MacIntyre and Hayek, starting from very different political, philosophical, and religious viewpoints, conclude that the Enlightenment’s misunderstanding of rationality has sent the West in the wrong direction. For MacIntyre, that false road leads to emotivist ethics and nihilism, whereas for Hayek it leads to social engineering and serfdom.


In After Virtue: A Study in Moral Theory (2007), Alasdair MacIntyre offers a “disquieting suggestion.” He asks the reader to imagine that a catastrophe has beset the natural sciences. All scientists, all science books, and all laboratories have been destroyed. Whatever bits of knowledge are left must be pieced together in fragments. Scientific discourse continues, but only as a shell of its previous state. There is no context or coherence to any of it, and no one quite recognizes the disorder because the philosophies of the day cannot spot it. What purpose does this parable serve? To MacIntyre, the chaotic state of science in this imaginary world is analogous to the state of moral discourse in the actual world. He sees the history of moral discourse in the same way that the history of science appears in the analogy: first, a state of order; second, a catastrophe; and third, a continuing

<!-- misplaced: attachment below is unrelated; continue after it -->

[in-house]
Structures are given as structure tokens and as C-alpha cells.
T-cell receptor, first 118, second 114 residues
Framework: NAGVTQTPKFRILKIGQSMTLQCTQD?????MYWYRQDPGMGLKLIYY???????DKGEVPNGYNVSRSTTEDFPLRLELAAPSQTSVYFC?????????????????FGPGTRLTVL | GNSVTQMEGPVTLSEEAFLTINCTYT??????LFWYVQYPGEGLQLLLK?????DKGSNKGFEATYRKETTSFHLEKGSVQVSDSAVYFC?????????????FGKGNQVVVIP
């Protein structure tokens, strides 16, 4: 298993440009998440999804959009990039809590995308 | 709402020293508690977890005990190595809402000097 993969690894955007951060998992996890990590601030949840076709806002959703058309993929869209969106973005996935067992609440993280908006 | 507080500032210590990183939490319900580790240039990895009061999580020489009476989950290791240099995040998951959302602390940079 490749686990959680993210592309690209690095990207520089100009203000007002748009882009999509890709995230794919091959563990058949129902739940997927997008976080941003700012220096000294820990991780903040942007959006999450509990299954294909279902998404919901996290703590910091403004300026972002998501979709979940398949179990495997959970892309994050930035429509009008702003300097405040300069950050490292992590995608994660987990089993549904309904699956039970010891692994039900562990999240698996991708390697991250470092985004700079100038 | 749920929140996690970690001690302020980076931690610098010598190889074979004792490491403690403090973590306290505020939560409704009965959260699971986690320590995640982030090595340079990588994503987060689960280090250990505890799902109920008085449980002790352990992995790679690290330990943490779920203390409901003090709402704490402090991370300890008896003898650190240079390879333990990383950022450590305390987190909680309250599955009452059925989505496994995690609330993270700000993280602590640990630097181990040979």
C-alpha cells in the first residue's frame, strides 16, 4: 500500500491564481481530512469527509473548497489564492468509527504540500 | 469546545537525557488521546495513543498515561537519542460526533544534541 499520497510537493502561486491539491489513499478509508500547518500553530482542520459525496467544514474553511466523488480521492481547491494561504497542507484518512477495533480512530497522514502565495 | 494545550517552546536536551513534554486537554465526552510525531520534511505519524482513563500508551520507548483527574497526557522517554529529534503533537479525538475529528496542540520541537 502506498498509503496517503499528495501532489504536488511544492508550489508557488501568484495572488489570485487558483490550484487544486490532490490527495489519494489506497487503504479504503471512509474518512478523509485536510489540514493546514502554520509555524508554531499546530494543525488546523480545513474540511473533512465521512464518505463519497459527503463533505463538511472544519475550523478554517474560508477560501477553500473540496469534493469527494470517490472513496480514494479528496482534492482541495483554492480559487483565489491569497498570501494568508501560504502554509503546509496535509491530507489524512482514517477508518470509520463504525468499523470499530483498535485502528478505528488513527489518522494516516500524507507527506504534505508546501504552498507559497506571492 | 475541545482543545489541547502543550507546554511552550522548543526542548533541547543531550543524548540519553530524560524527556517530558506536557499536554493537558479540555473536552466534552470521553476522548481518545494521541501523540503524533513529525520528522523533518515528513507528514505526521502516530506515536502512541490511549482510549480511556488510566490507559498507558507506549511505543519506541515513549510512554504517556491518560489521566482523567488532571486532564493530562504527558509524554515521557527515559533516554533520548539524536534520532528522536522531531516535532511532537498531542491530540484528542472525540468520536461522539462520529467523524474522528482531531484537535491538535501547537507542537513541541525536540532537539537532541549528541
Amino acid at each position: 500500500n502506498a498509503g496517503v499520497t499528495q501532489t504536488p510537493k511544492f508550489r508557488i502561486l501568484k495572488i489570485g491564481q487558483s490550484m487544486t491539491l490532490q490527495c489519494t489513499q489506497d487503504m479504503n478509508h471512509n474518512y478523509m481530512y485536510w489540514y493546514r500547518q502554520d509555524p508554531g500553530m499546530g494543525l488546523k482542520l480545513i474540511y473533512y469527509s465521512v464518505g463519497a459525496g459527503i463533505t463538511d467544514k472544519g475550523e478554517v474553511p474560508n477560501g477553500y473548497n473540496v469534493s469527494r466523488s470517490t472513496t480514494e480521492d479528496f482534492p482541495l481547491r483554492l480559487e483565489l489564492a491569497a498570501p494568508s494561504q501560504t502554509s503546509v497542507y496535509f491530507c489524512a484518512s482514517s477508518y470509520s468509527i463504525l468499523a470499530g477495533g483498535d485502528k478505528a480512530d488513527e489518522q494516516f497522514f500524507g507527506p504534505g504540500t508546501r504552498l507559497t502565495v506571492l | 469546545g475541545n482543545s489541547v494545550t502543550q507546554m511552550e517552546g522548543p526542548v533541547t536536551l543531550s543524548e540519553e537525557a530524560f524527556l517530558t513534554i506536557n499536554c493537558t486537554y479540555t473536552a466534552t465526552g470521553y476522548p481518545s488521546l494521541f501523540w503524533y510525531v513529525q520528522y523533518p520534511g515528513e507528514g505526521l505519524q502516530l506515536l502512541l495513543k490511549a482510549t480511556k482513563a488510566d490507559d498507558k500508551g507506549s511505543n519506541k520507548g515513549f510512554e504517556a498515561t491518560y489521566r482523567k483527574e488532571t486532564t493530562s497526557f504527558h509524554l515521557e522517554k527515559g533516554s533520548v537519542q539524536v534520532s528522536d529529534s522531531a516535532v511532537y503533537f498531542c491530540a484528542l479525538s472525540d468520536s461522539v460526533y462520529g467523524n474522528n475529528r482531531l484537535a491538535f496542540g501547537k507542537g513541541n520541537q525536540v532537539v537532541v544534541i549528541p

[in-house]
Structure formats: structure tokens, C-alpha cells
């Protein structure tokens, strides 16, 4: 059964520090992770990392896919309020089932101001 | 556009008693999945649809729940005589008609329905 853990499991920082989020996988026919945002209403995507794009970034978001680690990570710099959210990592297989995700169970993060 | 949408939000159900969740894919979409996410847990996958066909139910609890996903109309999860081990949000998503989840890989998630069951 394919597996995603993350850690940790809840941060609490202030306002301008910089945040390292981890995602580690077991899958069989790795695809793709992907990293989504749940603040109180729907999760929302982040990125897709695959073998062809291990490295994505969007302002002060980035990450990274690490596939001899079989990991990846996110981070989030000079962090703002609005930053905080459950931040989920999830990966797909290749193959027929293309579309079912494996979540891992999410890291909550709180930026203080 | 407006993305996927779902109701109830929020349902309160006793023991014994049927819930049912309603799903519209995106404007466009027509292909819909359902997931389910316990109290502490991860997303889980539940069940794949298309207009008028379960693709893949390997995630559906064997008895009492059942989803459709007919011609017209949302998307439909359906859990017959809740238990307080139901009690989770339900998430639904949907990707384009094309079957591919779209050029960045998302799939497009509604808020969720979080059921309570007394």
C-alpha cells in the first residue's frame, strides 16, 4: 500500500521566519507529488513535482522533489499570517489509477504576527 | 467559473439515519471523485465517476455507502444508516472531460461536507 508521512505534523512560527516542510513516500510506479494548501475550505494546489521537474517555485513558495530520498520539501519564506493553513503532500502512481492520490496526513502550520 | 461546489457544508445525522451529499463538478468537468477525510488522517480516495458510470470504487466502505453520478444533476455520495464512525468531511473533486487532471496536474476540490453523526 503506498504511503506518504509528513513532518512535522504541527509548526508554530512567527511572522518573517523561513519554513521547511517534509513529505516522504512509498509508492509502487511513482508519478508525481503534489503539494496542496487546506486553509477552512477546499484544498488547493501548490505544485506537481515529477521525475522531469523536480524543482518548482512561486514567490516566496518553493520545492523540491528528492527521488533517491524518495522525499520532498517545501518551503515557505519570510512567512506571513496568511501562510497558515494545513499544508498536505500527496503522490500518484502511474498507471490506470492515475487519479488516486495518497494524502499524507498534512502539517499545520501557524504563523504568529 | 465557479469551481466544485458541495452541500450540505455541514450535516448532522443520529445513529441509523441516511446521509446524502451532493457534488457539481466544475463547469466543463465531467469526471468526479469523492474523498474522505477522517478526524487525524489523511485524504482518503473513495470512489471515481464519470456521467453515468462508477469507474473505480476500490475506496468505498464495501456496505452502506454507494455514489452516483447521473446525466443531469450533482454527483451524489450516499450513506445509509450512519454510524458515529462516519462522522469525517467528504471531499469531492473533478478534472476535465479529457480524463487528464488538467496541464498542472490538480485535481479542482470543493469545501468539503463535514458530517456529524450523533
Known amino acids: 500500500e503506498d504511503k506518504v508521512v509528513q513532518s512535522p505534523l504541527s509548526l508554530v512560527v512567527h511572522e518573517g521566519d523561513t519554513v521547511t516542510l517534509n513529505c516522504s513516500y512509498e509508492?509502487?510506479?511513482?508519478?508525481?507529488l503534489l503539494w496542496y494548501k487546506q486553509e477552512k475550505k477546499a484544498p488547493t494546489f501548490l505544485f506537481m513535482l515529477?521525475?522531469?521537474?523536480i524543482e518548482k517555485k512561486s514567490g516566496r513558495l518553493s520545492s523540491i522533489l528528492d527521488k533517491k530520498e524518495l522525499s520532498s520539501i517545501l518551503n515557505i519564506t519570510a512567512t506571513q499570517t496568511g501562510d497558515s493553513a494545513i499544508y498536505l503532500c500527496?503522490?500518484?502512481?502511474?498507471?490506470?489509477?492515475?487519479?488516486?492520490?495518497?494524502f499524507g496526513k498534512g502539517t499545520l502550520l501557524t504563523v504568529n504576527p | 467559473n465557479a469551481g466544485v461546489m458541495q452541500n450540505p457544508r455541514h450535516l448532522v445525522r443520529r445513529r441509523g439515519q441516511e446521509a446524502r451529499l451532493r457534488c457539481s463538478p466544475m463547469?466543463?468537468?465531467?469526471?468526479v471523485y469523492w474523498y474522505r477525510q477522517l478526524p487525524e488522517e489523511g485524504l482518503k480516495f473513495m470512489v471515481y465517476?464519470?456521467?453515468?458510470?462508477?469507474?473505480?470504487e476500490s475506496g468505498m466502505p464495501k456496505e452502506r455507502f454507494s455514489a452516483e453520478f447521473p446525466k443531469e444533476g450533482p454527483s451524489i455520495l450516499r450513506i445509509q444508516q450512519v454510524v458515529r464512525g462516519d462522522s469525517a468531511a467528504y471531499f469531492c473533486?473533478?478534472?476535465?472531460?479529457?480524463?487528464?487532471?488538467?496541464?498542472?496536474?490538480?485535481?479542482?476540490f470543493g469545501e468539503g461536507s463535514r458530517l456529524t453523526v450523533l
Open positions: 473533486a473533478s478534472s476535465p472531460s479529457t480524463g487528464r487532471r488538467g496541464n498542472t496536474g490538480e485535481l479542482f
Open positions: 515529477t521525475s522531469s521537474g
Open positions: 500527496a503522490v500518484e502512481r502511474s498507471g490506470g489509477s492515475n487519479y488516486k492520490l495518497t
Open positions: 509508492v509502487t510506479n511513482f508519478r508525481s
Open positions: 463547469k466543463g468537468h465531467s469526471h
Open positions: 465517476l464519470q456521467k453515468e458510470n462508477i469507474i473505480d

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Other Independent Review articles by Brandon Harnish
Summer 2011 Jane Addams’s Social Gospel Synthesis and the Catholic Response: Competing Views of Charity and Their Implications